Kgomotso Matsunyane

The rules of engagement

2008-02-28 11:00

Kgomotso Matsunyane

It is leap year this year and for some unfathomable reason, it's the one time where women are supposed to be grateful for the prerogative to ask men to marry them instead (without seeming desperado, that is).

But the real question is: in this day and age, why on god's polluted earth would anyone want to get married anyway?

The present day South African family is so far removed from a "traditional" Christian arrangement, to a point where one is more likely to find an alternative family arrangement than any other. In a country that legally sanctions polygamy and where multiple concurrent sexual partners are the norm more than the exception, does marriage still have a place in our lives?

As a rite of passage, marriage was supposed to be the institution that guarantees that a couple take full responsibility for each other emotionally, financially, and legally. Historically and customarily, marriage has been a public and legal expression that legitimises a family unit, hence the hateful and outdated term "illegitimate children", and it also elevated the married couple into more serious players in society.

Emotionally and psychologically, marriage can make a couple feel closer to each other. It can also legally guarantee each partner a stake in each other's assets, away from interfering relatives with Rand signs in their eye pupils, especially when one spouse dies. In case of a future split, marriage has also been a way to protect children and spouses from being tossed aside without financial support.

Promises, promises

The biggest reason I challenge the worth of marriage is this: what people agree to in their vows and what is practiced outside the marriage are completely at odds. "To be faithful, for better or worse, to honour and obey, in sickness and in health, till death do us part, yada yada."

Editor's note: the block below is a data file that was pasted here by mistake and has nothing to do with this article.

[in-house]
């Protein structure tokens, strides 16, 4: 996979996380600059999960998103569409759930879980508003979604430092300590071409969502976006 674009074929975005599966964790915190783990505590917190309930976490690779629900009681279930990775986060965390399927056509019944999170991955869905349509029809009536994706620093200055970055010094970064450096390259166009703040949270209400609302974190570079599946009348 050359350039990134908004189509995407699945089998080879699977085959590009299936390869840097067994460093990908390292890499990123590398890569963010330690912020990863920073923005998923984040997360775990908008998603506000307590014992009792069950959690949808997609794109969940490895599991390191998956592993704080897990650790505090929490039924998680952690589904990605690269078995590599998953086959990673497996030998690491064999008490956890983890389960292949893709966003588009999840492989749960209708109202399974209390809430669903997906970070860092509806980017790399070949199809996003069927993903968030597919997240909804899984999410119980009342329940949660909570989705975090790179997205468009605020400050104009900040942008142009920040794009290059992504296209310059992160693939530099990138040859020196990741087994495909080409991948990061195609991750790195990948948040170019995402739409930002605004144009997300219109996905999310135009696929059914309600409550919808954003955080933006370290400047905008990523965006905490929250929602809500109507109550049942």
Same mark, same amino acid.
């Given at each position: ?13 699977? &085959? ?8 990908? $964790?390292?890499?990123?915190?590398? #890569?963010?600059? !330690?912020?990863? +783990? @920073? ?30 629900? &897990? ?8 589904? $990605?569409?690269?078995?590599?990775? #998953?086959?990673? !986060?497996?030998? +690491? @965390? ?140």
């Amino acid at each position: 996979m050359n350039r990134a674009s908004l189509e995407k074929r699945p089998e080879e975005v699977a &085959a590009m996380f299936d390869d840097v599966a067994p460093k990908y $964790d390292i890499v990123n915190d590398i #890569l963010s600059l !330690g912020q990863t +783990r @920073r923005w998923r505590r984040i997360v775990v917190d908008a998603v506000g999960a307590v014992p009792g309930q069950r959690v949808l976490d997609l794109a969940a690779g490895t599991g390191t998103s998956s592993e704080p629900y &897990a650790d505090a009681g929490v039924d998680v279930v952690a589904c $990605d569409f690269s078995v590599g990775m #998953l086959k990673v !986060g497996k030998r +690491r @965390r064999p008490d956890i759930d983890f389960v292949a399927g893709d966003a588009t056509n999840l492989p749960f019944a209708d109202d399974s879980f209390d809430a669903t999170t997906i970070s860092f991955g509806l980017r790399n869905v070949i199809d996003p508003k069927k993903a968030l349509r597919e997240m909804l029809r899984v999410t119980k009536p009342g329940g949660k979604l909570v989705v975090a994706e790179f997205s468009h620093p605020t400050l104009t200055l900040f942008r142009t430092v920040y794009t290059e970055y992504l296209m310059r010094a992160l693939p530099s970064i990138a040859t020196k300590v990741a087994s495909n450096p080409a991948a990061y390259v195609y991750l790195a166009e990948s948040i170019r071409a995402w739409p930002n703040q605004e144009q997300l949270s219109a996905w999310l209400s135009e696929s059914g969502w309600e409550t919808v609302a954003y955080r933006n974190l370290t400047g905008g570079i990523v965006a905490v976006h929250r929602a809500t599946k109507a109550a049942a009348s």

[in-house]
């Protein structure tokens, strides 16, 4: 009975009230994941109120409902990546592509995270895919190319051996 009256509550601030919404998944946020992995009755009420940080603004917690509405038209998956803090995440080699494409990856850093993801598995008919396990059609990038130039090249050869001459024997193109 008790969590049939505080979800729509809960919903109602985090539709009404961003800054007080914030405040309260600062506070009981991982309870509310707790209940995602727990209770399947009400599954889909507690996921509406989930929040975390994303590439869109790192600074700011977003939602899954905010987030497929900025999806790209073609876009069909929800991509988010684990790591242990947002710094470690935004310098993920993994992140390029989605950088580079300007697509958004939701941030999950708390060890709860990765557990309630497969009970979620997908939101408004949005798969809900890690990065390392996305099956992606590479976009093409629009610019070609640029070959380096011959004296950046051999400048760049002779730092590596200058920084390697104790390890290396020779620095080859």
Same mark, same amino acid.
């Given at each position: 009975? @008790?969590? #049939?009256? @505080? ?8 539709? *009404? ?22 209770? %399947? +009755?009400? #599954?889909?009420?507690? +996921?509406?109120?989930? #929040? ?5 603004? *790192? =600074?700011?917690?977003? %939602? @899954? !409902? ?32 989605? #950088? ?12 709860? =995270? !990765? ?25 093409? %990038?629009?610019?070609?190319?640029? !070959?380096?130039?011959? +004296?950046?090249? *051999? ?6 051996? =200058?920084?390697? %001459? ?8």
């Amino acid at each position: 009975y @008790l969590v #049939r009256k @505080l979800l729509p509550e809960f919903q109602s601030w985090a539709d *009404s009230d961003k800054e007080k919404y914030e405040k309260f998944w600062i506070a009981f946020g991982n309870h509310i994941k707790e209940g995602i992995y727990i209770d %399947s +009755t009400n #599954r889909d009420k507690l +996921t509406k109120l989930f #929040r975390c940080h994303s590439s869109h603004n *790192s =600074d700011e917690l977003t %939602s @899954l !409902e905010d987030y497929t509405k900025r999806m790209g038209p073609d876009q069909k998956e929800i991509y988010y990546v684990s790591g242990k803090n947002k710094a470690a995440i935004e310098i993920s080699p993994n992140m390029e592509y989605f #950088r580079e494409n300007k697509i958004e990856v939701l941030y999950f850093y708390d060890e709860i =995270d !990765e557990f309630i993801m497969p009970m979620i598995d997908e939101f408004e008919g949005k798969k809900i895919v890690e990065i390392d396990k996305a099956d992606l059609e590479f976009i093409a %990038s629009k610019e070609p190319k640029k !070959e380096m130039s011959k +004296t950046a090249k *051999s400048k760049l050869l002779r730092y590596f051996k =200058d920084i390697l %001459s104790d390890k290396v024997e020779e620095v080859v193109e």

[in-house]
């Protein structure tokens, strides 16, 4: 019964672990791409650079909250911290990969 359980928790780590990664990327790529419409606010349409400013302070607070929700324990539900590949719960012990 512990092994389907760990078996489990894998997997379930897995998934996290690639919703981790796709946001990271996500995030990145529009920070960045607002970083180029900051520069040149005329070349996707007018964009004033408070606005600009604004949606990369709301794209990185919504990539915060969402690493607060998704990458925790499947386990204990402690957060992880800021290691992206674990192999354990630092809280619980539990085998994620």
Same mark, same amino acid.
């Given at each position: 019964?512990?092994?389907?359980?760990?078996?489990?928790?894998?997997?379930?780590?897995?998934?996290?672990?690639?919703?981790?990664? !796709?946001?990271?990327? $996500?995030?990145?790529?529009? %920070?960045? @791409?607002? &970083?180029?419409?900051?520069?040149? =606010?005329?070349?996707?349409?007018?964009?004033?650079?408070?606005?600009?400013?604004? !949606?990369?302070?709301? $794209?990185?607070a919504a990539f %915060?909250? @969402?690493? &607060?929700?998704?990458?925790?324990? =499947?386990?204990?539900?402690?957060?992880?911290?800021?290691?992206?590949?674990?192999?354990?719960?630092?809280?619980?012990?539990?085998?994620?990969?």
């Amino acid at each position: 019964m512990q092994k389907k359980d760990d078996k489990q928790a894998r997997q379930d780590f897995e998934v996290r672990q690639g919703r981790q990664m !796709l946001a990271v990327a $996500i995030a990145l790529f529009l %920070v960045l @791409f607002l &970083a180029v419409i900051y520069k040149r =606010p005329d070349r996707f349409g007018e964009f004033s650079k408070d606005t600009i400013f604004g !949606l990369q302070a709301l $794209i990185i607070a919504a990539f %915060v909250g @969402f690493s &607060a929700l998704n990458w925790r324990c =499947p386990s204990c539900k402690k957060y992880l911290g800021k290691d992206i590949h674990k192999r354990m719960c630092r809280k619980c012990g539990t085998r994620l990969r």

Well, that's a hell of an ask for someone you just met a few years ago, isn't it?

Perhaps the reason why so many of us are getting divorced (well over 50% of our population) is because the vows are unrealistic and in serious need of revision. Also, since earning power is now more evenly split amongst genders, the "need" to marry makes itself less obvious.

I certainly don't proclaim to know how the "rules of engagement" should ideally work. To much guffawing, our incumbent president has recently publicly married for a fifth time. So I ask, is it better to have five wives in the open, or to instead have one long-suffering wife and several makhwaphenis on the side (with kids, nogal)?

Two sets of rules

What annoys me most about the rules in our country is that they are incredibly chauvinistic and immeasurably favour men in this regard.

For a people that continue to be ravaged by HIV/Aids at such an alarming rate, you would think we would behave differently, but instead we carry on like fatalistic bunnies that don't know any better, swinging wildly through the concrete sexual jungle.

Mind you it's not just a South African phenomenon, but I think we have more to fear because of our high sexually transmitted infection rates. Recent Oscar Winner Tilda Swinson apparently lives with her husband and children in a castle in Scotland, and when she's working in London she has a younger lover that well, services her in that city.

Am I a hypocrite for rooting for her because she's a woman? Maybe, but unlike our future president she can actually afford her habit.

All I'm saying is, before you put that ring on, you may want to have an honest discussion with your future spouse about what your expectations are, because I think most of us assume that we share the same values, only to be sorely disappointed later.

  • Kgomotso Matsunyane is a divorcee and a partner at T.O.M. Pictures, an award winning TV and Film production company in Jozi.

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